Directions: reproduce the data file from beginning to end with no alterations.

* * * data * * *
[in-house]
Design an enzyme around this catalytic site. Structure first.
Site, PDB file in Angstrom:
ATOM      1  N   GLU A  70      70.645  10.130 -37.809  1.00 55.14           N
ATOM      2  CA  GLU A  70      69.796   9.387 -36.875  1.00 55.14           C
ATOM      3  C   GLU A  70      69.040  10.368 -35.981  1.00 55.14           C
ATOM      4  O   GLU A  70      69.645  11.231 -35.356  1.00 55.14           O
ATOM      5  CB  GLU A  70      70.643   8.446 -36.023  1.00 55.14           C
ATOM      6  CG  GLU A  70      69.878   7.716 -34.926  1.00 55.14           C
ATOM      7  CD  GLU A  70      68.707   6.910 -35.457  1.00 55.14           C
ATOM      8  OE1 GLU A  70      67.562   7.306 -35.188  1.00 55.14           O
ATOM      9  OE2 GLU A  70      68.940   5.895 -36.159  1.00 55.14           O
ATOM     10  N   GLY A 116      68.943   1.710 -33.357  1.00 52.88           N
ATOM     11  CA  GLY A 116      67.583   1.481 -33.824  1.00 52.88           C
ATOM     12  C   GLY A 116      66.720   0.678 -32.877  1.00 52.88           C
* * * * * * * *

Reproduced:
[in-house]
Design an enzyme around this catalytic site. Structure first.
Site, PDB file in Angstrom:
ATOM      1  N   GLU A  70      70.645  10.130 -37.809  1.00 55.14           N
ATOM      2  CA  GLU A  70      69.796   9.387 -36.875  1.00 55.14           C
ATOM      3  C   GLU A  70      69.040  10.368 -35.981  1.00 55.14           C
ATOM      4  O   GLU A  70      69.645  11.231 -35.356  1.00 55.14           O
ATOM      5  CB  GLU A  70      70.643   8.446 -36.023  1.00 55.14           C
ATOM      6  CG  GLU A  70      69.878   7.716 -34.926  1.00 55.14           C
ATOM      7  CD  GLU A  70      68.707   6.910 -35.457  1.00 55.14           C
ATOM      8  OE1 GLU A  70      67.562   7.306 -35.188  1.00 55.14           O
ATOM      9  OE2 GLU A  70      68.940   5.895 -36.159  1.00 55.14           O
ATOM     10  N   GLY A 116      68.943   1.710 -33.357  1.00 52.88           N
ATOM     11  CA  GLY A 116      67.583   1.481 -33.824  1.00 52.88           C
ATOM     12  C   GLY A 116      66.720   0.678 -32.877  1.00 52.88           C